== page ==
Blood - Von Willebrand Factor

New lines for an old actor – how Von Willebrand Factor raises the immune alarm in blood clotting

  • Research

Blood clotting is like a play with many actors. When a blood vessel is damaged, the body needs to seal the injury. Some of the actors play parts in building the clot structure that eventually seals the wound, while others regulate local inflammation.

One actor, a complex molecule called von Willebrand Factor or VWF, plays both types of roles, according to research from RCSI University of Health Sciences. This insight could lead to new ways to help people who have disorders of blood clotting and of the immune system.

For around half a century we have known that VWF, which is the largest protein in the blood, has an important function in helping blood cells called platelets to stick at sites of injury to build up the clot that is needed to stop bleeding. More recently, there had been clues that VWF had other roles too, particularly in controlling how the immune system responds to the injury.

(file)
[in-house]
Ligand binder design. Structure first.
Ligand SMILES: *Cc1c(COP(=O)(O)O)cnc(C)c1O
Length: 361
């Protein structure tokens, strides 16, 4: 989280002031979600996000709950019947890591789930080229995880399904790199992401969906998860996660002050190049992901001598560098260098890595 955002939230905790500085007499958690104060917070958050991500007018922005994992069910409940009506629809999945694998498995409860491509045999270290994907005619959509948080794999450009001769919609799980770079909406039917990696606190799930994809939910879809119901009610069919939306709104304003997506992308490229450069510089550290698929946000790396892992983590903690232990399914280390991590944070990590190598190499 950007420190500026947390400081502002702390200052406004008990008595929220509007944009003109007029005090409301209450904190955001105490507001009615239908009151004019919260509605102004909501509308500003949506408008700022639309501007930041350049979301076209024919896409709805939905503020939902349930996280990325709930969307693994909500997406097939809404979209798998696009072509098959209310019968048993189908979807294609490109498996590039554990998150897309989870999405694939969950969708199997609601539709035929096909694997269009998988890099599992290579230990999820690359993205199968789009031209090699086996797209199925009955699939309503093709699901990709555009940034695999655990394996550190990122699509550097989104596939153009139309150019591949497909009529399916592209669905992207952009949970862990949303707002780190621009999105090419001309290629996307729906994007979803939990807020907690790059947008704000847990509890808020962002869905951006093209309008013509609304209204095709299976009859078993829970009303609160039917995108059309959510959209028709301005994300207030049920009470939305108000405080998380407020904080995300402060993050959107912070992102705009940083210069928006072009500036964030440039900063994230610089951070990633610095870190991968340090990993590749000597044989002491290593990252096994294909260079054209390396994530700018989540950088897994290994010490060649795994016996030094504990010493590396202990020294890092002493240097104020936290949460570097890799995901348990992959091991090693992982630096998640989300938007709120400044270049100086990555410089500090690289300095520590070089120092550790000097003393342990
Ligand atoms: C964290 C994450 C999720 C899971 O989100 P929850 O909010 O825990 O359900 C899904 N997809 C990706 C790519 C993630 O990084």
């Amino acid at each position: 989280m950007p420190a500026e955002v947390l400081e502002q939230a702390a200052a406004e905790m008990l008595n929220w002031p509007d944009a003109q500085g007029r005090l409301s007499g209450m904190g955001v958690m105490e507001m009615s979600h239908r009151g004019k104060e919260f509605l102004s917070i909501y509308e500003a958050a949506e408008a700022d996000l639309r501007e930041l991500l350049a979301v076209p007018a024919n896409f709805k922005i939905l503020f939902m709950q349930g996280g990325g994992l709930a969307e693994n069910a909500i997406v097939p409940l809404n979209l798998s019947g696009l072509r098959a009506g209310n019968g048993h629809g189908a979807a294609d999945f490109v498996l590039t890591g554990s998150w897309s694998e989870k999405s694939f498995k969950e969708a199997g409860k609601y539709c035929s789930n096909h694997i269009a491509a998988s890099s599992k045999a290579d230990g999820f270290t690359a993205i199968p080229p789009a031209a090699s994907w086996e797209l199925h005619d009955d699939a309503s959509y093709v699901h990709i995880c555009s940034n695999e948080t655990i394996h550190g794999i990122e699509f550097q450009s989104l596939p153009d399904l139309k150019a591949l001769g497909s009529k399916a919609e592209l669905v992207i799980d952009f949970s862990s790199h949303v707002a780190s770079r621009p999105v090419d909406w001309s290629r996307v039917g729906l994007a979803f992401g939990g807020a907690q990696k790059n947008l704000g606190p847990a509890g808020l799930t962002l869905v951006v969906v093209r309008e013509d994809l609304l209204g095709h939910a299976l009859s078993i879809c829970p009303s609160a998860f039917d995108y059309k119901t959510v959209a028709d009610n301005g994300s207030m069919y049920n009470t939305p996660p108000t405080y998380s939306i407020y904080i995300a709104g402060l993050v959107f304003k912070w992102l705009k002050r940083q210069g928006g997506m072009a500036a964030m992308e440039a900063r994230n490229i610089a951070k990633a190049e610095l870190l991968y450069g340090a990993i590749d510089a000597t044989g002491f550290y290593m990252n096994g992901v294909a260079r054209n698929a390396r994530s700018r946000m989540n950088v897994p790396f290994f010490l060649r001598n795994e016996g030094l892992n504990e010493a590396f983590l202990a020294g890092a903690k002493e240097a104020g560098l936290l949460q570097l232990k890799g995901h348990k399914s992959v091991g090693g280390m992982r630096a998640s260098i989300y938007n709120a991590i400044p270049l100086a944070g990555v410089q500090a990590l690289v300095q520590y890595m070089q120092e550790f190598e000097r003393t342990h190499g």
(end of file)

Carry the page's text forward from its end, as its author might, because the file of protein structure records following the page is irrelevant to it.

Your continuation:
Research led by Professor James O’Donnell, Director of the Irish Centre for Vascular Biology at the RCSI School of Pharmacy and Biomolecular Sciences, shows how VWF interacts with macrophages, a type of immune cell that moves rapidly to regions of injury in the body. In this interaction, VWF encourages the macrophages to sound the alarm more widely about the injury to the blood vessel. So while VWF is acting as a glue to help platelets stick to the newly forming clot, it also marshals more resources to tend to the ailing blood vessel beyond this initial ‘sticking plaster’ structure.

These insights about VWF’s role in influencing macrophages are published in Nature Communications. The study’s findings outline how the blood-clotting factor fires up macrophages and results in chemical signals going out to recruit more immune cells and responses. Understanding more about the biological mechanisms paves the way for exploring ways to focus on VWF for new treatments in clotting and inflammatory disorders.

The research, which was funded by Science Foundation Ireland and the National Institutes of Health (NIH) was carried out by RCSI in collaboration with Trinity College Dublin and the National Coagulation Centre in St James’s Hospital, Dublin.

RCSI is committed to achieving a better and more sustainable future through the UN Sustainable Development Goals.